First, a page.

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This code gives the error: UnboundLocalError: local variable 'LINES' referenced before assignment but LINES is clearly initialized since if I comment out the line below the print statement it throws no errors and prints len(lines) = 0 as expected. Am I not understanding something about python?? Whats going on here?

LINES = []

def foo():
  for prob in range(1,3):
    print "len(lines) = %d" % len(LINES)
    LINES = []

if __name__ == "__main__":
  foo()
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4 Answers 4

up vote 2 down vote accepted

You can access global variable from inside foo, but you can't rebind them unless the global keyword is used

So you can use LINES.append(...) or LINES[:] = [] as they are merely modifying the list that LINES references.

When you try to assign to LINES using LINES = [], Python knows it needs to create an entry for LINES in the functions local variables. Since you are trying to use len(LINES) before assigning anything to the local variable, it causes an error

You can inspect foo like this

>>> foo.func_code.co_nlocals
2
>>> foo.func_code.co_varnames
('prob', 'LINES')

If you define foo again without the LINES = [], you'll see that Python no longer marks it as a local variable.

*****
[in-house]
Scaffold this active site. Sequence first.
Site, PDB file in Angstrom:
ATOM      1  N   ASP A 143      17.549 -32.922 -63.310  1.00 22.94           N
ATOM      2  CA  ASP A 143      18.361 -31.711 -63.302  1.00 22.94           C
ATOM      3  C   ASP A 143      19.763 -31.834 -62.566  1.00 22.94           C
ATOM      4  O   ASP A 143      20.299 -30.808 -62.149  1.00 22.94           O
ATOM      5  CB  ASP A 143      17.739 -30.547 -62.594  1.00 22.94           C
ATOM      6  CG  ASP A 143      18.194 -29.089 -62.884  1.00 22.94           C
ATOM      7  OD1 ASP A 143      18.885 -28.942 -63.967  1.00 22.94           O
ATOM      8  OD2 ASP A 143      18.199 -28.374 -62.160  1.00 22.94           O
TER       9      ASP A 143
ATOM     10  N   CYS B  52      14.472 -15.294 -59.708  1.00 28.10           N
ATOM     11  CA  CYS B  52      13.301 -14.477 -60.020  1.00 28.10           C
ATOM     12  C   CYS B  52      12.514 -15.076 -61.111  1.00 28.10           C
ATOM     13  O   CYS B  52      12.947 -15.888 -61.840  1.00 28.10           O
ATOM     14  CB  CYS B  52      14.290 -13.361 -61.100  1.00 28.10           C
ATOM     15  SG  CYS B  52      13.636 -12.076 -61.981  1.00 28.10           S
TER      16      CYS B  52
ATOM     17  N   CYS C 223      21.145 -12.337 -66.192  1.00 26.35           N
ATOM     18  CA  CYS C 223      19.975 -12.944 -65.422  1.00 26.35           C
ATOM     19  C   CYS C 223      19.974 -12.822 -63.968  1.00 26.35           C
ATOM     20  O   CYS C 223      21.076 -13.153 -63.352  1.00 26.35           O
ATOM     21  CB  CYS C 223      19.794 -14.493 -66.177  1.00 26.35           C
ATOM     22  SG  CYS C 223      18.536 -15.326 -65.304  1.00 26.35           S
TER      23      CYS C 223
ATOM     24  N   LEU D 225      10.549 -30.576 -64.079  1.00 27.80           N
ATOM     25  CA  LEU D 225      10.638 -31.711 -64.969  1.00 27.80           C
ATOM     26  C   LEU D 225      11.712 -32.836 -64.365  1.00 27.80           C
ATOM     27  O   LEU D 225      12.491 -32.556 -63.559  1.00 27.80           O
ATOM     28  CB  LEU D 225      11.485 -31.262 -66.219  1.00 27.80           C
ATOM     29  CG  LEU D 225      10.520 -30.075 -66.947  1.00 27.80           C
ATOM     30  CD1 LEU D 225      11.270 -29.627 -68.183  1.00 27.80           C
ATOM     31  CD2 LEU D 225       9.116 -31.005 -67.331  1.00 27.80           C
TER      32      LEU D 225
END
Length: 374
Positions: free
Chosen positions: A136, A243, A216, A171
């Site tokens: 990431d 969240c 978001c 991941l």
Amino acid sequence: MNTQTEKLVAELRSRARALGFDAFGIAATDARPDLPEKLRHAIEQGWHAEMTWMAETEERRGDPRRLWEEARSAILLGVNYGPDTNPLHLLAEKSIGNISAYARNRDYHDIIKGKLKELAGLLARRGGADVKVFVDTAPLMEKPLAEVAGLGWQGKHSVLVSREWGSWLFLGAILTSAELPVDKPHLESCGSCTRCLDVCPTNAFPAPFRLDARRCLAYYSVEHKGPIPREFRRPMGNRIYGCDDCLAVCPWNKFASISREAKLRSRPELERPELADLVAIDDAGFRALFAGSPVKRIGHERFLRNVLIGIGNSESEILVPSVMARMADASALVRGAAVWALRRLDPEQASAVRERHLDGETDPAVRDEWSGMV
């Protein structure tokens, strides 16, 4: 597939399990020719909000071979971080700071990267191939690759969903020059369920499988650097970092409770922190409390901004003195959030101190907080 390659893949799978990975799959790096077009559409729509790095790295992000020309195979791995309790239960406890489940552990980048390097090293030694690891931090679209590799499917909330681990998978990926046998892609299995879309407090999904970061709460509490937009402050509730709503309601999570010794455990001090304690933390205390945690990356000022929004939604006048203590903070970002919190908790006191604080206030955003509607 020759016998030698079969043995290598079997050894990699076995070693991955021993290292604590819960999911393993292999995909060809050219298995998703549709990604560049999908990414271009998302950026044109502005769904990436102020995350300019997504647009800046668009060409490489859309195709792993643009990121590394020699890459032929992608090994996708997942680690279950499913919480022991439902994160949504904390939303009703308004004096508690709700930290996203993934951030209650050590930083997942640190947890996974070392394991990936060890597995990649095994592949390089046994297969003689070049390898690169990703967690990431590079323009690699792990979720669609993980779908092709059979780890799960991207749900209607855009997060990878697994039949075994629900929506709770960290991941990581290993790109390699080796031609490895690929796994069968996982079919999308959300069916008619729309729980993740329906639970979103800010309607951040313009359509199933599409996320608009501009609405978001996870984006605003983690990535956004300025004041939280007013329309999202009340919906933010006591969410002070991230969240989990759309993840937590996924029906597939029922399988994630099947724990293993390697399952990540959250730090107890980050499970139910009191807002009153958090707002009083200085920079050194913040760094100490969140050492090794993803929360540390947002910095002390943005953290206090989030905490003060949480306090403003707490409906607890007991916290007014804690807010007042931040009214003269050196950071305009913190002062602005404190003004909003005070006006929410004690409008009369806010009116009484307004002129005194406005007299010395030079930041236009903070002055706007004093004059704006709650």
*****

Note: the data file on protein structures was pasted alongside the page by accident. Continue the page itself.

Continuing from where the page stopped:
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You need to use the global keyword:

def foo():
  global LINES
  for prob in range(1,3):
    print "len(lines) = %d" % len(LINES)
    LINES = []

Otherwise, Python will think that LINES is local, and printing out the value before setting it to [] will be an issue

You can get the value of global variable LINES by printing it out, but when you have the statement

LINES = []

which tries to set LINES to a new list, Python interprets it as a local variable

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I see. but why is it that it works when LINES = [] is commented out or replaced with LINES.append(prob)? –  anthonybell Jul 15 '13 at 0:14

Python will first look in the function scope for your variable, before it looks in the global (module level) scope. Since you assign to LINES in your example function, python knows not to use the global variable, but you attempt to access this variable before you define it. You should either initialise LINES before the print statement, or leave out the LINES = [] statement.

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As Desired Login said,

Since you assign to LINES in your example function, python knows not to use the global variable, but you attempt to access this variable before you define it.

This is not the end, you can fix this by using a global keyword, telling python that the LINES in the function is the same as the LINES outside of the function.

Try:

LINES = []

def foo():
  global lines
  for prob in range(1,3):
    print "len(lines) = %d" % len(LINES)
    LINES = []

if __name__ == "__main__":
  foo()
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